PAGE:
Allbird’s shoe packaging is another case of right-sized product packaging done right, and a concrete demonstration of the company’s commitment to sustainable practices. The packaging itself is made from recyclable materials and uses soy-based inks. Molded shoe inserts—rather than standard crumpled paper reduce materials—protect the shoes during shipping, and the shoebox performs double duty as a shipping box, eliminating the need to ship boxes within boxes—a standard practice for the industry.

Roughly two-thirds of Americans are willing to pay more for sustainable products. To strengthen adoption by manufacturers, 3rd party organizations certify certain sustainability practices, like waste stream management, multi-material recycling, and much more. For example, the Sustainable Forest Initiative, the Programme for the Endorsement of Forest Certification, and the Forest Stewardship Council all offer guidance to help companies improve their sustainable practices, and provide evaluations and certifications to responsible companies to promote sustainable forest management. For packaging designers and brands looking to implement eco-friendly practices, or vet potential partners, these certifications offer credible proof of a strong commitment to the environment.

Courtesy of Narragansett & Vox


Brands with long histories often have an extensive graphic heritage they can draw on. For instance, many beer companies have excelled by looking back to the past, as evidenced by these recent limited edition beer cans from Tecate and Narragansett. Likewise, Kodak’s 2016 rebrand drew heavily from the 1970s version of the logo.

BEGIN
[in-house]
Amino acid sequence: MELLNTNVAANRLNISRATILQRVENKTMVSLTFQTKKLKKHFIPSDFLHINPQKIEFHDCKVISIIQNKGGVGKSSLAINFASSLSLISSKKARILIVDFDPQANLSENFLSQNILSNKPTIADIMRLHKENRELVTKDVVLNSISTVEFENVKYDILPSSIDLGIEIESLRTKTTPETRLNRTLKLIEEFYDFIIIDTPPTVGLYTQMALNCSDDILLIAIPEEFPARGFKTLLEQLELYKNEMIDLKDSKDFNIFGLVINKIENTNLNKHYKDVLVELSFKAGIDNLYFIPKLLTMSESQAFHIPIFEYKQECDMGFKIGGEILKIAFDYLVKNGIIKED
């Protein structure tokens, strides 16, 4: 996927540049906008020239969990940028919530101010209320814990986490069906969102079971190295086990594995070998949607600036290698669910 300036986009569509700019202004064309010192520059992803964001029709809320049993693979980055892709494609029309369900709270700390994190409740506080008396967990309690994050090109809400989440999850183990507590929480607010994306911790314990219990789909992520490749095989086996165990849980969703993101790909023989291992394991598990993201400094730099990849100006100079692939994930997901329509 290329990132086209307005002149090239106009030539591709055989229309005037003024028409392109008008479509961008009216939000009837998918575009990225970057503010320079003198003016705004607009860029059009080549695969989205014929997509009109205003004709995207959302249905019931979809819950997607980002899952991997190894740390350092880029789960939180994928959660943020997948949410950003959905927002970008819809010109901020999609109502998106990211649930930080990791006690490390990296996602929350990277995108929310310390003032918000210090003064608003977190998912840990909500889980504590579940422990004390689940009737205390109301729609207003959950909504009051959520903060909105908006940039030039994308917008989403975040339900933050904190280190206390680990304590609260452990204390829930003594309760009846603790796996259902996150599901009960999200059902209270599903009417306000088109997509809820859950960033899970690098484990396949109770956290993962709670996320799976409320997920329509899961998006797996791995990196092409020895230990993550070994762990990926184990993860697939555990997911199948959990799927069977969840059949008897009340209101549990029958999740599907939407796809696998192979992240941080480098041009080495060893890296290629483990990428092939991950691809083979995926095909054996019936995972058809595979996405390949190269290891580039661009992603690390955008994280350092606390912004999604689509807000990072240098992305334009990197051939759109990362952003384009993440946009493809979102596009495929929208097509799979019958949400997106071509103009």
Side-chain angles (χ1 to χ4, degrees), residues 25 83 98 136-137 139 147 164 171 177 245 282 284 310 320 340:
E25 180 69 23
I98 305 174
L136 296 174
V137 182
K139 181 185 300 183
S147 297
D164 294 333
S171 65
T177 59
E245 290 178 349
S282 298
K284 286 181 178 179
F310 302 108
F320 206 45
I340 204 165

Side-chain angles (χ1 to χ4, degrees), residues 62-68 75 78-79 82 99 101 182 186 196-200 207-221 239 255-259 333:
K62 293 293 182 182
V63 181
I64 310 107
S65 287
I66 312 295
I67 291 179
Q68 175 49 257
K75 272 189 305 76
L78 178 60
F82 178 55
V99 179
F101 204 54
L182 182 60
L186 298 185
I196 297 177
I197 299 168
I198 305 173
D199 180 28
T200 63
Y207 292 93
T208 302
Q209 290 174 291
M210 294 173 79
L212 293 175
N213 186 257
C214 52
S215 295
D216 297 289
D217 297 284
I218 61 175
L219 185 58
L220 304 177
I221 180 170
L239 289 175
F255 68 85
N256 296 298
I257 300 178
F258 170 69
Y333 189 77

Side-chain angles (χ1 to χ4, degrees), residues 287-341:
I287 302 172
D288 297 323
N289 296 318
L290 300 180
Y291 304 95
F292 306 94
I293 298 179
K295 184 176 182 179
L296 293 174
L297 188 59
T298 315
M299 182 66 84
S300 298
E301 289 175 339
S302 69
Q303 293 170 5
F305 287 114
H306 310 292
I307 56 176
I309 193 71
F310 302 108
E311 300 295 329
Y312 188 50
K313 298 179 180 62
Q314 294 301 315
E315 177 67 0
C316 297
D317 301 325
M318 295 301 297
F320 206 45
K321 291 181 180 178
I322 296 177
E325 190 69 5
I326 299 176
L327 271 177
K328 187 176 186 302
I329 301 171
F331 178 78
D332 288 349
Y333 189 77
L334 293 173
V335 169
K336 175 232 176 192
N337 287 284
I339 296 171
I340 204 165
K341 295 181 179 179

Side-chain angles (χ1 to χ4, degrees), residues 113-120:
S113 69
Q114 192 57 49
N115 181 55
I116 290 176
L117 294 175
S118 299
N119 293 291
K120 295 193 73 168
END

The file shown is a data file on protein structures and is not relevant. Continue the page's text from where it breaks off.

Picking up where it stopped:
But not every company has a 100+ year history they can lean on for design inspiration. That’s not stopping many young companies from trying. Across a range of industries, many new brands are appropriating older styles in order to leverage shoppers’ emotional attachment to the past in a trend that’s been called “newstaglia.”  

Courtesy of Lord Jones & Packaging of the World

One noteworthy example is Lord Jones, a maker of cannabis-infused products. The company’s confections and cosmetic packages are decorated with gold foil lamination, hand-drawn illustrations, and floral designs that evoke heraldic family crests. The design is undeniably, but also ironically, old-school, especially for a brand that has only been around for a few years.

Courtesy of Leef Organics


An increasingly popular route to sustainability in the packaging industry is biodegradability. This essentially means using packaging that can be decomposed naturally by bacteria or other organisms in a waste setting, opposed to recyclable packaging which aims to allow the reuse of the material. 

An example of biodegradable packaging currently in the market is Pangea Organics’ packaging. The bar soap package design is made from plant-based fibers, and its “plastic” tubes are formed of 100% Sugarcane Bio-Resin, a sustainable alternative to petroleum-based polyethylene resin. The most surprising part is that various herb seeds, like basil, are woven into the boxes, meaning they can be moistened and planted. Similarly, LEEF Organics, a CBD company, has created paper CBD packaging with tomato seeds in it. Both of these companies have demonstrated that cool, effective consumer goods packaging can also be highly sustainable (as well as providing the makings for a homemade caprese salad).